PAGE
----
The operating system kernel must be configured to support all peripherals that are to be tested.

Some SunVTS tests have special requirements such as the connection of loopback connectors, installation of test media, or the availability of disk space. These requirements are listed for each test in the corresponding chapter in this document.

Collection of SunVTS Tests

Many individual tests make up the SunVTS collection of tests. Each test is a separate process from the SunVTS kernel. Each test can be run individually from the command line or from the SunVTS user interface.

When SunVTS is started, the SunVTS kernel automatically probes the system kernel to determine the hardware devices. The devices are then displayed on the SunVTS control panel with the appropriate tests and test options. This provides a quick check of your hardware configuration, and no time is wasted trying to run tests that are not applicable to your configuration.

During testing, the hardware tests send the test status and messages to the SunVTS kernel through interprocess communication (IPC) protocols. The kernel passes the status to the user interface and logs the messages.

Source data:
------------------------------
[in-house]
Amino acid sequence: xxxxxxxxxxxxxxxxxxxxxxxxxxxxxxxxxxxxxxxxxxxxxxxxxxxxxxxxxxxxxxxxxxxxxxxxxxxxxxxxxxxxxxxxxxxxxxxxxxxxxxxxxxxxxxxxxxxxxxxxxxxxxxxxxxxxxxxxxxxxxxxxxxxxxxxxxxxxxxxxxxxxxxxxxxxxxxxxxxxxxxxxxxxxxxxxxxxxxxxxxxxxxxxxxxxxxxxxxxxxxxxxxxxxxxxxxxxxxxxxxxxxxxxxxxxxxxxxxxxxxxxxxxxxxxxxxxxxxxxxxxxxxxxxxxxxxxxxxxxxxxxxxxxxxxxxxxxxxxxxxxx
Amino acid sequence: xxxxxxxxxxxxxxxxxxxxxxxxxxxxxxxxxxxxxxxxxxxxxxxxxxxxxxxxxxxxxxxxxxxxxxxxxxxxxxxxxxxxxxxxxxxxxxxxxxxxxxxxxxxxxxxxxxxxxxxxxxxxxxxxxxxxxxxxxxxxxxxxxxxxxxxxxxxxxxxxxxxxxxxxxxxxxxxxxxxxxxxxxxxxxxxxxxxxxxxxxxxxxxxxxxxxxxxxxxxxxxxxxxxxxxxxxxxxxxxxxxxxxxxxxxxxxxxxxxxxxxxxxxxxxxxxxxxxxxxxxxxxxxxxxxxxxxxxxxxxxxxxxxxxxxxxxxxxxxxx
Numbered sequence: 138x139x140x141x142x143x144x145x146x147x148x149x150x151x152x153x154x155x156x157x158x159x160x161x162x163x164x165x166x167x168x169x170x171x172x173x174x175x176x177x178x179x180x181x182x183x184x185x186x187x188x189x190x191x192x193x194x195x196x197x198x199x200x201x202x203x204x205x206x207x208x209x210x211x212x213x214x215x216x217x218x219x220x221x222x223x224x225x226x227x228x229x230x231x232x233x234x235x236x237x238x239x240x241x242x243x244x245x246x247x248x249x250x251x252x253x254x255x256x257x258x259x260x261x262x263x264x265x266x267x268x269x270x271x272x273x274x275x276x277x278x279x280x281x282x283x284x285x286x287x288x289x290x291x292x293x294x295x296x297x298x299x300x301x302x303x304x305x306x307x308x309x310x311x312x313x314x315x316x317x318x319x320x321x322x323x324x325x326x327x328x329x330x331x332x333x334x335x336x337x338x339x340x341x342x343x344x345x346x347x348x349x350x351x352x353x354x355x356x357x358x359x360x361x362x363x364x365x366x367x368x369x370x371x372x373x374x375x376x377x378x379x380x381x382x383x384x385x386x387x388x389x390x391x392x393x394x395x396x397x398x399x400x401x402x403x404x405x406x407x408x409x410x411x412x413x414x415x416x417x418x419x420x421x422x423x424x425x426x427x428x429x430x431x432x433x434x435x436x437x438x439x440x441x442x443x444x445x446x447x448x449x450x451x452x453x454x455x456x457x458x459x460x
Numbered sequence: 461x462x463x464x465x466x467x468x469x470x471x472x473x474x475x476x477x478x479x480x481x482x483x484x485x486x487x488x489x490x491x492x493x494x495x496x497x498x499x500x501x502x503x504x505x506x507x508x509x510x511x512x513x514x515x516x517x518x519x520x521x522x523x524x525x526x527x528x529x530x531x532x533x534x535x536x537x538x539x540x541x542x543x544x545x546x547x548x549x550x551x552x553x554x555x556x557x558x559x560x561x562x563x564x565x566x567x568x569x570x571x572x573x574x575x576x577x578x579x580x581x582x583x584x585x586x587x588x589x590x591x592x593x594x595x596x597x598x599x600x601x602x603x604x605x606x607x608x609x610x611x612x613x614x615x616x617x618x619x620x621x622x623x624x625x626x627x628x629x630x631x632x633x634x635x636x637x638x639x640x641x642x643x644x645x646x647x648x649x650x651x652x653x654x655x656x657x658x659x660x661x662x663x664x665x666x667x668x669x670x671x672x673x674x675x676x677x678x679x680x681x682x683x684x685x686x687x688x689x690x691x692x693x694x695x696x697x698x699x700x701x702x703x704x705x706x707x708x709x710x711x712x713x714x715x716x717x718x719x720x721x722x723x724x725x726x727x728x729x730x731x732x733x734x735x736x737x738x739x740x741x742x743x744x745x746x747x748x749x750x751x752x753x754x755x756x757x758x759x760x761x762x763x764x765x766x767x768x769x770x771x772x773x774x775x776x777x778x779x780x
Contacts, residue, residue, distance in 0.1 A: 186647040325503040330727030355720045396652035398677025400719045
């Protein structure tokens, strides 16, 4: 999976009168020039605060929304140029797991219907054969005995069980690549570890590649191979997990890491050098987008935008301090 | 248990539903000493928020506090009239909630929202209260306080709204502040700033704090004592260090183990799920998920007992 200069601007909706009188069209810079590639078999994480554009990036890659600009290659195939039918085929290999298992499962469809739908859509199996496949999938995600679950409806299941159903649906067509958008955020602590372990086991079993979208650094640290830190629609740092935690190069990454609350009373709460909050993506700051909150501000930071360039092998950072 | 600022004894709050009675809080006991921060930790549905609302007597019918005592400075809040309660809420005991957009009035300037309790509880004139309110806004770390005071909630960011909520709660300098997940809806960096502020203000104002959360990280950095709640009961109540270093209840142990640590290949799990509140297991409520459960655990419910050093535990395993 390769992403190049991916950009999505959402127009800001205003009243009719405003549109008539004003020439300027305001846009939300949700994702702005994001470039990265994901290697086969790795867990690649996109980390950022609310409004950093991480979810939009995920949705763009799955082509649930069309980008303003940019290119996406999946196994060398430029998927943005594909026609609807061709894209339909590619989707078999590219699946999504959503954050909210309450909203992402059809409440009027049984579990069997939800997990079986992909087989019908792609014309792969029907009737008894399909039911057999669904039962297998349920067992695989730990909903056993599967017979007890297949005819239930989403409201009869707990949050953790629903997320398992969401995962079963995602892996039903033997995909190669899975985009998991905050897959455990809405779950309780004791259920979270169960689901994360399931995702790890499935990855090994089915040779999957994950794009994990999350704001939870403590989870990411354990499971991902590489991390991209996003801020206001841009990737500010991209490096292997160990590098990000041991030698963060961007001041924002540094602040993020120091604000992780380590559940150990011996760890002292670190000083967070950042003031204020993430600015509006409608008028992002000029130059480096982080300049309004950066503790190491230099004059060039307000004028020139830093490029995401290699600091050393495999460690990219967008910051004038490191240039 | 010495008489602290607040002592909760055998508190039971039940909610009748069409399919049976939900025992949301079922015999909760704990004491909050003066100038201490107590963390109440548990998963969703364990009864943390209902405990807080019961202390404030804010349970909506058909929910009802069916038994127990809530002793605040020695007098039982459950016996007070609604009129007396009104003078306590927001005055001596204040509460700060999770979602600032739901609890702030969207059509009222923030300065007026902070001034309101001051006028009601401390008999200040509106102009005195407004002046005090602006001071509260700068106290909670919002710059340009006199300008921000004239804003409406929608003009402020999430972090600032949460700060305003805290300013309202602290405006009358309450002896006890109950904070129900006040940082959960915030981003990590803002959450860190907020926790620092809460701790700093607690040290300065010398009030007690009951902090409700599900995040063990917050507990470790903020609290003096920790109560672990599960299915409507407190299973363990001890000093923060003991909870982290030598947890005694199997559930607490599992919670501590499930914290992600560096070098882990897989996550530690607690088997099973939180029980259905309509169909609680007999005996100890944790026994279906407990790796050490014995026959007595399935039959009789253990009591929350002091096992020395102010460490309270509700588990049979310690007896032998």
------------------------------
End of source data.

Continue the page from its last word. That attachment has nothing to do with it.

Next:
SunVTS has a shared object library that contains test-specific probing routines. At runtime, the SunVTS kernel dynamically links in and calls these probing routines to initialize its data structure with test-specific information. You can add new tests into the SunVTS environment without recompiling the SunVTS source code.

Beginning with SunVTS 3.0, the SunVTS kernel and most tests support 32-bit and 64-bit operating systems. When the sunvts command is used to start SunVTS, the appropriate tests (32-bit or 64-bit versions) are presented.

32- and 64-Bit Tests

In Solaris 10 or later OSs, only 64-bit compatible tests are supported. Because each test is a separate program, you can run individual tests directly from the command line. Run tests from specific directories as follows:

If you are not sure which OS is running, refer to the Solaris System Administration manuals. In Solaris 10 OS, you can use the following command to identify the application support of your system.